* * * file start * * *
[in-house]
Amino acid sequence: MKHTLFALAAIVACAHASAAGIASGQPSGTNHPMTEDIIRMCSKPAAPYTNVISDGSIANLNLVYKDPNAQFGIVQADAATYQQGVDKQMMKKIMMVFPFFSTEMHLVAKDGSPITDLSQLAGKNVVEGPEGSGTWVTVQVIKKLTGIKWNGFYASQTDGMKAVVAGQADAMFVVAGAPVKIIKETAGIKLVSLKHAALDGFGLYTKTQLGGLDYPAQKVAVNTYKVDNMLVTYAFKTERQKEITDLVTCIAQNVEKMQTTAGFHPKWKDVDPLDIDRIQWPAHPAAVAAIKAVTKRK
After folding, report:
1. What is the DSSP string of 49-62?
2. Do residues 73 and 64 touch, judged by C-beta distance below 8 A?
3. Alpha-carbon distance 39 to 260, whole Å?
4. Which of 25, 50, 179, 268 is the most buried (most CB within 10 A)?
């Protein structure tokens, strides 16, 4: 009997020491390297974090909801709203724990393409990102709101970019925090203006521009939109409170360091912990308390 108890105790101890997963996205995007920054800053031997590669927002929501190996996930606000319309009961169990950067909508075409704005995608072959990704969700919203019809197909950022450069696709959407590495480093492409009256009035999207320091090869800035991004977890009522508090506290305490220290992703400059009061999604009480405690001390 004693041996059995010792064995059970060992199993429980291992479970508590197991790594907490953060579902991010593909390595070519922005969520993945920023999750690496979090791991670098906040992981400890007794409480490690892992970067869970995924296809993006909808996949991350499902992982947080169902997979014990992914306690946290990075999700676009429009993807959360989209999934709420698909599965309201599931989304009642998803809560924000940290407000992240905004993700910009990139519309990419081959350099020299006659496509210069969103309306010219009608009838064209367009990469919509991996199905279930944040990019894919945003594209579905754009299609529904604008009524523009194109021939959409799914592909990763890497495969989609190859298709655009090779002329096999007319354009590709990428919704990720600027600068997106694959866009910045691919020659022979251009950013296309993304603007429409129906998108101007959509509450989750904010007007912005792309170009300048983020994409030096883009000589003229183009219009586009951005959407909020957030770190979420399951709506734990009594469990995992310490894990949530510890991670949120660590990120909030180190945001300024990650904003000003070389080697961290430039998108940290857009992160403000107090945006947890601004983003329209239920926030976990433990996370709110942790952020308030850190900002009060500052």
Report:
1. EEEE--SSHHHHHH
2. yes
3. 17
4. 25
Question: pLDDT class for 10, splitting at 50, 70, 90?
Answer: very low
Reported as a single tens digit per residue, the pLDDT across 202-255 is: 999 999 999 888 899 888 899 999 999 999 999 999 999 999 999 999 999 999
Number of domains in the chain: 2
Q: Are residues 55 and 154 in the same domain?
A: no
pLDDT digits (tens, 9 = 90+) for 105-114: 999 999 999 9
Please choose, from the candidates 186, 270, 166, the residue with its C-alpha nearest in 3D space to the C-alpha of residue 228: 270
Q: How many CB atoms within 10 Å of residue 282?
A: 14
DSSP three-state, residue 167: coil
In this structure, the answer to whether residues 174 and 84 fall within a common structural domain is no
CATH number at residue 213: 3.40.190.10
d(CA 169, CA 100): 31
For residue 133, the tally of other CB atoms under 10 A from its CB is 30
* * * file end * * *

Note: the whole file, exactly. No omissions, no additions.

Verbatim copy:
[in-house]
Amino acid sequence: MKHTLFALAAIVACAHASAAGIASGQPSGTNHPMTEDIIRMCSKPAAPYTNVISDGSIANLNLVYKDPNAQFGIVQADAATYQQGVDKQMMKKIMMVFPFFSTEMHLVAKDGSPITDLSQLAGKNVVEGPEGSGTWVTVQVIKKLTGIKWNGFYASQTDGMKAVVAGQADAMFVVAGAPVKIIKETAGIKLVSLKHAALDGFGLYTKTQLGGLDYPAQKVAVNTYKVDNMLVTYAFKTERQKEITDLVTCIAQNVEKMQTTAGFHPKWKDVDPLDIDRIQWPAHPAAVAAIKAVTKRK
After folding, report:
1. What is the DSSP string of 49-62?
2. Do residues 73 and 64 touch, judged by C-beta distance below 8 A?
3. Alpha-carbon distance 39 to 260, whole Å?
4. Which of 25, 50, 179, 268 is the most buried (most CB within 10 A)?
């Protein structure tokens, strides 16, 4: 009997020491390297974090909801709203724990393409990102709101970019925090203006521009939109409170360091912990308390 108890105790101890997963996205995007920054800053031997590669927002929501190996996930606000319309009961169990950067909508075409704005995608072959990704969700919203019809197909950022450069696709959407590495480093492409009256009035999207320091090869800035991004977890009522508090506290305490220290992703400059009061999604009480405690001390 004693041996059995010792064995059970060992199993429980291992479970508590197991790594907490953060579902991010593909390595070519922005969520993945920023999750690496979090791991670098906040992981400890007794409480490690892992970067869970995924296809993006909808996949991350499902992982947080169902997979014990992914306690946290990075999700676009429009993807959360989209999934709420698909599965309201599931989304009642998803809560924000940290407000992240905004993700910009990139519309990419081959350099020299006659496509210069969103309306010219009608009838064209367009990469919509991996199905279930944040990019894919945003594209579905754009299609529904604008009524523009194109021939959409799914592909990763890497495969989609190859298709655009090779002329096999007319354009590709990428919704990720600027600068997106694959866009910045691919020659022979251009950013296309993304603007429409129906998108101007959509509450989750904010007007912005792309170009300048983020994409030096883009000589003229183009219009586009951005959407909020957030770190979420399951709506734990009594469990995992310490894990949530510890991670949120660590990120909030180190945001300024990650904003000003070389080697961290430039998108940290857009992160403000107090945006947890601004983003329209239920926030976990433990996370709110942790952020308030850190900002009060500052």
Report:
1. EEEE--SSHHHHHH
2. yes
3. 17
4. 25
Question: pLDDT class for 10, splitting at 50, 70, 90?
Answer: very low
Reported as a single tens digit per residue, the pLDDT across 202-255 is: 999 999 999 888 899 888 899 999 999 999 999 999 999 999 999 999 999 999
Number of domains in the chain: 2
Q: Are residues 55 and 154 in the same domain?
A: no
pLDDT digits (tens, 9 = 90+) for 105-114: 999 999 999 9
Please choose, from the candidates 186, 270, 166, the residue with its C-alpha nearest in 3D space to the C-alpha of residue 228: 270
Q: How many CB atoms within 10 Å of residue 282?
A: 14
DSSP three-state, residue 167: coil
In this structure, the answer to whether residues 174 and 84 fall within a common structural domain is no
CATH number at residue 213: 3.40.190.10
d(CA 169, CA 100): 31
For residue 133, the tally of other CB atoms under 10 A from its CB is 30